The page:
The list of bad government initiatives seems to be endless. And yet, it amazes me to find things that actually catch me off guard. Here’s one: Apparently, a Missouri Bill has already been given first round approval and will likely be put into law. Get this! The bill restricts teachers from connecting with their students on social networking sites!
Hang on while I climb up onto my soapbox …
WHAT ARE THESE PEOPLE THINKING? Their claims are that some teachers have been identified as sexual predators and connections on social networking sites like Facebook would enable this negative interaction.
Let’s quickly review the salient points — and EACH of these warrants a deep discussion among educators, and some of them between parents and their kids;
- Websites don’t enable predators … psychotic, deviant personalities do.
- Taking away social media interaction won’t alleviate the problem. The predators will simply adapt and interact with kids in other venues. (Question: Have you had a discussion about online predators with your kids?)
- Taking away social media interaction will GREATLY detract from our educators’ potential of connecting with our kids where they socialize. Like it or not, this is a reality and educators need to adapt to this societal shift.
- Our kids are the world’s first “digital natives” — where they don’t know what it’s like to live in a world without computers, mp3 players, hi-def video, broadband and mobile connectivity, etc., etc., etc. Because this generation is wired differently, they learn differently. Successful educators need to quickly learn and incorporate these technologies into their classroom activities and their modes of communication.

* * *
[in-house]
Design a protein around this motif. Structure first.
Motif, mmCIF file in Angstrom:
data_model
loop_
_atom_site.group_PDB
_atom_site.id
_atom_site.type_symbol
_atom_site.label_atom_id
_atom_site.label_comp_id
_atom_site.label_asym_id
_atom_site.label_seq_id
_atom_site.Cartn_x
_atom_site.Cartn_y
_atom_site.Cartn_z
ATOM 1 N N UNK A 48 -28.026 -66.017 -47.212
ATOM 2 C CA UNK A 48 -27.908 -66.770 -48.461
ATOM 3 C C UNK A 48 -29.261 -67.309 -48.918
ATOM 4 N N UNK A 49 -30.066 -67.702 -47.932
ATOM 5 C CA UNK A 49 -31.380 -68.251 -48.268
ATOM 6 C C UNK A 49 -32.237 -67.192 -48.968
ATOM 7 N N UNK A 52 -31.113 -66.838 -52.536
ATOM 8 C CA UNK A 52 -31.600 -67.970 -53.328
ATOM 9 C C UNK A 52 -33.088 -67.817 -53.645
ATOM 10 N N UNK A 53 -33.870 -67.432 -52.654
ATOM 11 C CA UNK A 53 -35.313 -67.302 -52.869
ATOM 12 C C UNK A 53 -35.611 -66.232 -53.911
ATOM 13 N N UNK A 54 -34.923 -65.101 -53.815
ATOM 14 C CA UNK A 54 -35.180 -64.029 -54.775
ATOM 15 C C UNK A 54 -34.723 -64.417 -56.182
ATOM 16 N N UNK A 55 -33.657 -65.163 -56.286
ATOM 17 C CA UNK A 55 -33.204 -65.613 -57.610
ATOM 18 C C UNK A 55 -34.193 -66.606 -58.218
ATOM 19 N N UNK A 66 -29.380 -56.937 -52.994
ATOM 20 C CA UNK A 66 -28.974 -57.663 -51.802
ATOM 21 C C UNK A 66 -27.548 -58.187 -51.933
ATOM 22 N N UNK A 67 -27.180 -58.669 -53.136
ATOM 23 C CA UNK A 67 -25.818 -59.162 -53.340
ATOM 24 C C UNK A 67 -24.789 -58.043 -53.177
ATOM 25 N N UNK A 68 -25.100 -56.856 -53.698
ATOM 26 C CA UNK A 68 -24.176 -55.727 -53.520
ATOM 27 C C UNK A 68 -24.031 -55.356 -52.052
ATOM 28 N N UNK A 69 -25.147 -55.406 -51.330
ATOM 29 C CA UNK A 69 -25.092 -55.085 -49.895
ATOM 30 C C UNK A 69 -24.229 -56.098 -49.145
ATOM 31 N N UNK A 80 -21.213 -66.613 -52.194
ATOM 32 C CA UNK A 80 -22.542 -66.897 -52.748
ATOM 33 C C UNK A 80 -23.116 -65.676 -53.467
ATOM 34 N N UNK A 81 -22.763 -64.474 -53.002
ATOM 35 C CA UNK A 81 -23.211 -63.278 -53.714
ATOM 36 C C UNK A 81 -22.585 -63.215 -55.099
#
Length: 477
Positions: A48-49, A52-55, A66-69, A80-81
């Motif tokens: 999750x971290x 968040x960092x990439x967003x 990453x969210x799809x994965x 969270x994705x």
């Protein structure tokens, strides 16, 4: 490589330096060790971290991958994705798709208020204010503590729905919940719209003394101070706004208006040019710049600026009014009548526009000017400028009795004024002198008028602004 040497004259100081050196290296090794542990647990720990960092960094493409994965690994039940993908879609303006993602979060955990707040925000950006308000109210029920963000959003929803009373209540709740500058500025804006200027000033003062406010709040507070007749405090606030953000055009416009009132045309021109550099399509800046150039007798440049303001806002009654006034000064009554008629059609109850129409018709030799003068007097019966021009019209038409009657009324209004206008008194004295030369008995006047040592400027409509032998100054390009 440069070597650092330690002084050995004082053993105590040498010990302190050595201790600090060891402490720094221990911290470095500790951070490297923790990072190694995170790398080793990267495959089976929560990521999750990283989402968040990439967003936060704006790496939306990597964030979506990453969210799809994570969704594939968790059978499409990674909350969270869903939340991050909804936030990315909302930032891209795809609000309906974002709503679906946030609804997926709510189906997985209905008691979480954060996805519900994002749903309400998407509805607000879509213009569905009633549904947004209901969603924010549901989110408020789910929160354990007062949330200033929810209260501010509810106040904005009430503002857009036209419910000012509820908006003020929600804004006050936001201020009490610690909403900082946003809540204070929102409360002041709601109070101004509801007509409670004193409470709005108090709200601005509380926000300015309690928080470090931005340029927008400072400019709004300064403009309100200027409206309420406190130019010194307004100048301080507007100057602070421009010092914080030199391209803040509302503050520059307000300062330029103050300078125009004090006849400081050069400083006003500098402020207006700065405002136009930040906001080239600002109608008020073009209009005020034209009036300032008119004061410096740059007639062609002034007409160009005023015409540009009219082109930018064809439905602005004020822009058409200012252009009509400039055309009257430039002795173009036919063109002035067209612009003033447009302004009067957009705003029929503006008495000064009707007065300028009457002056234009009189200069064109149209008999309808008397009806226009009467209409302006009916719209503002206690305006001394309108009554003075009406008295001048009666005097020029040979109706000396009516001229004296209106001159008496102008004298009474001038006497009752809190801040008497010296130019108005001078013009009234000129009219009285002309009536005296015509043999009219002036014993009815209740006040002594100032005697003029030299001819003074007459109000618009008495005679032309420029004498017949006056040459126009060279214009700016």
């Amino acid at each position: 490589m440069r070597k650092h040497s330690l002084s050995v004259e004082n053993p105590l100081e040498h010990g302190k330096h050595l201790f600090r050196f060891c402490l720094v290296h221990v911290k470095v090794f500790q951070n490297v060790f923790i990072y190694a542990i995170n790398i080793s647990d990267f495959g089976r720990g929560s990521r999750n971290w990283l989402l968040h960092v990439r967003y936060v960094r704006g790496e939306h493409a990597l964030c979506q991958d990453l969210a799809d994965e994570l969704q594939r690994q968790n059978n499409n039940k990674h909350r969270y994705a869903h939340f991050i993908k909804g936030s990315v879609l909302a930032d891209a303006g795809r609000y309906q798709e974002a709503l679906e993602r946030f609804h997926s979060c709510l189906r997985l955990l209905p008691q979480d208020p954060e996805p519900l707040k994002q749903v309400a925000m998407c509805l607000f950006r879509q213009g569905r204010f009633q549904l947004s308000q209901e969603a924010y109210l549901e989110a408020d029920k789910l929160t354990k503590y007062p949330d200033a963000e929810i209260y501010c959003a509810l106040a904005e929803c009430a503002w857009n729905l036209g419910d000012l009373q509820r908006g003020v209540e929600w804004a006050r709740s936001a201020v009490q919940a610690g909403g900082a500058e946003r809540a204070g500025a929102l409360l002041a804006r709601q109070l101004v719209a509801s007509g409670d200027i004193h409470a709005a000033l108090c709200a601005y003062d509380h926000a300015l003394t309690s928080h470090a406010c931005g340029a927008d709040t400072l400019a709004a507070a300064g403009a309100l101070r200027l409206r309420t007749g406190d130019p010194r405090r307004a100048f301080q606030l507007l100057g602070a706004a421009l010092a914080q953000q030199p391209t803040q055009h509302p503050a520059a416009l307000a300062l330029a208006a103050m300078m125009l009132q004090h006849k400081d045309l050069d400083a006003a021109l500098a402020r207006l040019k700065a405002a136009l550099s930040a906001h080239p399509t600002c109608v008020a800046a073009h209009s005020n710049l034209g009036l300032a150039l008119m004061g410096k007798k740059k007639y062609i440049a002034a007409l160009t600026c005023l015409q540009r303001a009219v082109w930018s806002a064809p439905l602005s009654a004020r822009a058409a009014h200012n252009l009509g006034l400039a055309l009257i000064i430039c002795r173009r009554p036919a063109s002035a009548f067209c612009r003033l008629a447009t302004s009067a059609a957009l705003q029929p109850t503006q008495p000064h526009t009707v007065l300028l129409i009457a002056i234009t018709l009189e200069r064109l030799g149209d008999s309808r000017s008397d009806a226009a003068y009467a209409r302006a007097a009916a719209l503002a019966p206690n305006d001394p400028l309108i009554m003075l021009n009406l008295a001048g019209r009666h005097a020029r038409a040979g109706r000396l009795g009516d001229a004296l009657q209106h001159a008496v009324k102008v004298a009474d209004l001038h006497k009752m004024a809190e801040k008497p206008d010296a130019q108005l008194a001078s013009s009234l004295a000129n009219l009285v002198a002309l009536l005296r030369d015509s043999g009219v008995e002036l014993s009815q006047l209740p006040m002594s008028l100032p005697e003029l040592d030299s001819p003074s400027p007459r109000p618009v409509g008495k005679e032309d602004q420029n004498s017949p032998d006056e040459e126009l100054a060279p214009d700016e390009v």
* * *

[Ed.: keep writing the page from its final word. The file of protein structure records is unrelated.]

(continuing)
- Photo uploading/sharing
- Online calendars
- An online forum that includes; Announcements, About Your Teacher, Parent’s Corner, Online Textbook, Study Central, Quizzes, Films, Discussion Board, Online Communication, My Grades, Student Blogs
- And, my favorite, a “hybrid classroom” built on top of the Ning.com Social Network platform. No it’s not Facebook, but it’s the same functionality.
I’m privileged to have met Matinga (she teaches in my step-son’s school) and I told her how proud I was to have someone who “gets it” right here in my town.
Note: If you live in Missouri, take a good hard look at what Matinga is doing … it may be a long time before your kids will experience this type of rich learning.
OK, back to work. I’m off my soap box.